Skip to main content

Judge Clarifies Georgia State Fair Use Lawsuit: GSU is the Winner

Here’s some more news about the Georgia State University lawsuit over copyright infringement in digital academic course packets. The judge has issued her ruling (PDF) on the remedy she would order concerning the 5 counts out of the 99 infringements submitted that she found were not fair use under the law. This ruling clarifies some confusion over the previous ruling, as both sides were making hay out of claiming they had “won”.

Well, now the judge has clarified the winner: it was Georgia State University. Over the course of the ruling, she clarifies a few points about the nature of the fair use that were fuzzy, having to do with the amount, type, and permissions of the access. And though she does not have to, she orders the plaintiffs to pay the legal costs of the defendant because some of the plaintiffs’ bad behavior over the course of the suit “significantly increased the cost of defending the suit.”

The judge also saw no need to slap GSU with the kind of complicated digital permissions  record keeping system the plaintiffs wanted. It would only serve to increase costs, while in fact through the way they managed their program GSU was already trying to comply with copyright law anyway.

It seems pretty clear that the forces of fair use have won this round. Though the battle is far from over, as the case still has to pass muster on appeal. That could drag on a while, and possibly lead to unexpected consequences. In the mean time, universities can rest secure in the knowledge that they can get by with using a small portion of a given copyrighted work with impunity in their course packets.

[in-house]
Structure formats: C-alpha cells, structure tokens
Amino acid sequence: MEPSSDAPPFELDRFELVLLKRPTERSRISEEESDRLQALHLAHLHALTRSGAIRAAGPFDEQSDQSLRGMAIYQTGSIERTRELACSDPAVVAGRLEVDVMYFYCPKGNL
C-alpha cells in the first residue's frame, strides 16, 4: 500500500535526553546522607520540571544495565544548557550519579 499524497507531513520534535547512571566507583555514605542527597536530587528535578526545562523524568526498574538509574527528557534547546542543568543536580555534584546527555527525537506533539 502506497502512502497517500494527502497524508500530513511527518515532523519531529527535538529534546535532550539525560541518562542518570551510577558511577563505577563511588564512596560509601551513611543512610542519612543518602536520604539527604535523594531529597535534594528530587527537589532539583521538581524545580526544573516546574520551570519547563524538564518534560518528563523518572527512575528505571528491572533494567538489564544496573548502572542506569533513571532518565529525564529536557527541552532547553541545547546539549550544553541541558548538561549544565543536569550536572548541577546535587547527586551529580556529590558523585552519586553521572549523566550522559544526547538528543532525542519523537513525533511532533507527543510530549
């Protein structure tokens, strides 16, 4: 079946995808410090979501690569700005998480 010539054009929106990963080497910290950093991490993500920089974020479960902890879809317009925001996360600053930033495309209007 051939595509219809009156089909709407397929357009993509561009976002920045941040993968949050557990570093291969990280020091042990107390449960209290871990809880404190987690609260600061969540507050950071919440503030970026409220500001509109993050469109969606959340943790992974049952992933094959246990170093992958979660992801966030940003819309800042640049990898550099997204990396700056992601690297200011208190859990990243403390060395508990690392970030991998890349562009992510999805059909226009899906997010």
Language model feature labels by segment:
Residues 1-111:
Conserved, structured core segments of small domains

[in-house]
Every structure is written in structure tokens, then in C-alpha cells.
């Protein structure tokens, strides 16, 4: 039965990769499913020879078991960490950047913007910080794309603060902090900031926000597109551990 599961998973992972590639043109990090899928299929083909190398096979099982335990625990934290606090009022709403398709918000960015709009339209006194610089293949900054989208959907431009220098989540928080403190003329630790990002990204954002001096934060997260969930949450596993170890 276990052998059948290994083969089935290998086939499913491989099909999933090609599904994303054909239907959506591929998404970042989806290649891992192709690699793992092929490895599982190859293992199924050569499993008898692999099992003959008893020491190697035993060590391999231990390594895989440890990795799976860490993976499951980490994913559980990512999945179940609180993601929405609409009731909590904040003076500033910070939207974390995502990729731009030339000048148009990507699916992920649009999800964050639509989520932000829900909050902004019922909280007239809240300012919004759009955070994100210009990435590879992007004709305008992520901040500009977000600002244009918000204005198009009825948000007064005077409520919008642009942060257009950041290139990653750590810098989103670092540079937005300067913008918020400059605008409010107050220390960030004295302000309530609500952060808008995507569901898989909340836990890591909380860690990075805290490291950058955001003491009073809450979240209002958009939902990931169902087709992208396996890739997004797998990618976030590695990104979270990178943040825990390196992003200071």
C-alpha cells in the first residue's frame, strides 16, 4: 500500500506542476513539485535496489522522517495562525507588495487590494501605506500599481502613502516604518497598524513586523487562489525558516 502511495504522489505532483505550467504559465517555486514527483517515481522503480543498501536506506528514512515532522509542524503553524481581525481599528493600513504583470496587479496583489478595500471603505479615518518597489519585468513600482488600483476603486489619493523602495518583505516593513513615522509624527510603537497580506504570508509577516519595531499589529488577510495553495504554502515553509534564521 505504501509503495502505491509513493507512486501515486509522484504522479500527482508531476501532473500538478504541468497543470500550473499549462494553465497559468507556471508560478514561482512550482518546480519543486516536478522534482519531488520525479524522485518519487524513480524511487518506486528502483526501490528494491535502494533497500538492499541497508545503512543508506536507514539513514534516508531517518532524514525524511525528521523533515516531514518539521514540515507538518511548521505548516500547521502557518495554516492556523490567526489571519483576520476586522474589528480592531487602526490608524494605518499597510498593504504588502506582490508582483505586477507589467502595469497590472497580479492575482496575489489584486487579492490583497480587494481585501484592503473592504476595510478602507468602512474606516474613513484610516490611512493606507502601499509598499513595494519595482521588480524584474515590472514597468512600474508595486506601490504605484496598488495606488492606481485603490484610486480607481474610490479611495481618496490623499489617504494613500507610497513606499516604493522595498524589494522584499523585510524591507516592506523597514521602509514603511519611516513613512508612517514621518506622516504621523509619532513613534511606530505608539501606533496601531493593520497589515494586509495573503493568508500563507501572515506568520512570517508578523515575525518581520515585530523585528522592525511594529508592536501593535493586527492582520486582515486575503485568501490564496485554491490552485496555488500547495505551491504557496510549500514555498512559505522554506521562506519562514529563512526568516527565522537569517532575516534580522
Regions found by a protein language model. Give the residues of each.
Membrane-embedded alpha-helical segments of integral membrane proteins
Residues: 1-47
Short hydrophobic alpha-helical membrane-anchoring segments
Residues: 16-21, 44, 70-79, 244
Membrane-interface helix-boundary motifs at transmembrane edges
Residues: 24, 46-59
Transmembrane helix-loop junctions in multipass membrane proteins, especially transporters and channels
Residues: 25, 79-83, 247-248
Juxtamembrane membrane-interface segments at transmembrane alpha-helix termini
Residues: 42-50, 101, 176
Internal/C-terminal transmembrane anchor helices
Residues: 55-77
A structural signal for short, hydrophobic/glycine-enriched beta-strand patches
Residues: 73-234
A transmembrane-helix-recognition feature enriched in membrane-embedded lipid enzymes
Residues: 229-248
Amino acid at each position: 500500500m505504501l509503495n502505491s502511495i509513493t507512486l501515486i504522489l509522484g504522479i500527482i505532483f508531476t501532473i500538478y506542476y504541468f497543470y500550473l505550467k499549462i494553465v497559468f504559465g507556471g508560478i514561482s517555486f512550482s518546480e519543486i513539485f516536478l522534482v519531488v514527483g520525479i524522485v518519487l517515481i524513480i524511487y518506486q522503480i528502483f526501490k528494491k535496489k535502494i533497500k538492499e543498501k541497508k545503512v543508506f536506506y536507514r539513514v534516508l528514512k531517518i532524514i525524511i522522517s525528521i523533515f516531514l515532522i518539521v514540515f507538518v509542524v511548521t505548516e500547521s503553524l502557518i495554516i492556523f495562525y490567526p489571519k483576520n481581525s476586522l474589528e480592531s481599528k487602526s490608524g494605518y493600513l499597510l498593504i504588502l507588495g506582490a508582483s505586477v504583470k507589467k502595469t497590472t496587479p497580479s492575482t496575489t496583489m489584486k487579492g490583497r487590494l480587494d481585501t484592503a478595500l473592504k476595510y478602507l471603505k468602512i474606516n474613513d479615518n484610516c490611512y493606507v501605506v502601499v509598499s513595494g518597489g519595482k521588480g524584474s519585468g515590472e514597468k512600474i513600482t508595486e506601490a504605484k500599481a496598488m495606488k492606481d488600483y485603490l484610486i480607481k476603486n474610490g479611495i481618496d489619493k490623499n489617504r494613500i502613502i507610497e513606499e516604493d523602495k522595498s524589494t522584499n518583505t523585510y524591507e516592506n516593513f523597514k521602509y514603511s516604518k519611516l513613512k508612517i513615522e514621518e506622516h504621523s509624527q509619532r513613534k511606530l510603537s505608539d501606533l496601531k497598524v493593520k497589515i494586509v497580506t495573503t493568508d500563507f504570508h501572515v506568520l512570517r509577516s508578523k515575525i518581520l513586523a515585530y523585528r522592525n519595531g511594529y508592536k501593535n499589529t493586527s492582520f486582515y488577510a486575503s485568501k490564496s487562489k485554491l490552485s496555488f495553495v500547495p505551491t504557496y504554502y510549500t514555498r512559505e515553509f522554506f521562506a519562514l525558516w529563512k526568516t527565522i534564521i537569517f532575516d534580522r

Similar Articles


Doug August 15, 2012 um 2:36 pm

It’s not very accurate to characterize the ruling with "the forces of fair use have won this round." The analyses I’ve read suggested that it was overall a loss, because the "bright line" values that Judge Evans utilized to determine if too much material had been used — roughly (but not exactly) one chapter or 1/10th of the book, whichever is less — was substantially less than had been permitted under earlier Fair Use rulings.

The plaintiffs came into this lawsuit ill-prepared, and the judge pinned their ears back. From the ruling: "When the trial began, Plaintiffs chose to pursue 99 claims out of 126. They then dropped 25 claims (and added one) during the trial. As to the remaining 75 claims, no prima facie case was proven in 26 instances. Digital permissions were unavailable in 33 instances. Neither digital nor hard copy permissions were available in 18 cases. … Plaintiffs' failure to narrow their individual infringement claims significantly increased the cost of defending the suit. For these reasons, the Court exercises its discretion to award to Defendants their reasonable attorneys' fees."

In case you lost count, the judge found that of the 99 claims originally brought to trial, over half of them were totally groundless. The plaintiffs were either being incredibly stupid, were throwing everything they could find at the wall in the hopes that something would stick, or were using the extra claims for harassment. The judge gave them the benefit of the doubt on motive: "the Court does not doubt Plaintiffs' good faith in bringing this suit." I don’t know if I could’ve been so generous.

This was a slipshod case from the beginning, and the outcome doesn’t extend Fair Use in any way. If Judge Evans’s "bright line" values become accepted, it will instead restrict Fair Use.

Georgia State and Fair Use: Copyright on Appeal — Columbia Copyright Advisory Office January 23, 2013 um 9:22 am

[…] The court’s detailed opinion has generated some debate about winners and losers, but one winner is clear: The law of fair use.  The court has given the law of fair use for nonprofit […]

Interview – Scott Turow on Amazon: They Dominate eBooks, are Killing Bookstores, & Jeff Bezos Eats Kittens Raw – The Digital Reader October 19, 2013 um 8:21 am

[…] referenced the infringement lawsuit that several publishers lost against Georgia State University last year. That case was decided for GSU because one, the publishers flubbed it, and two, the judge found […]

Write a Comment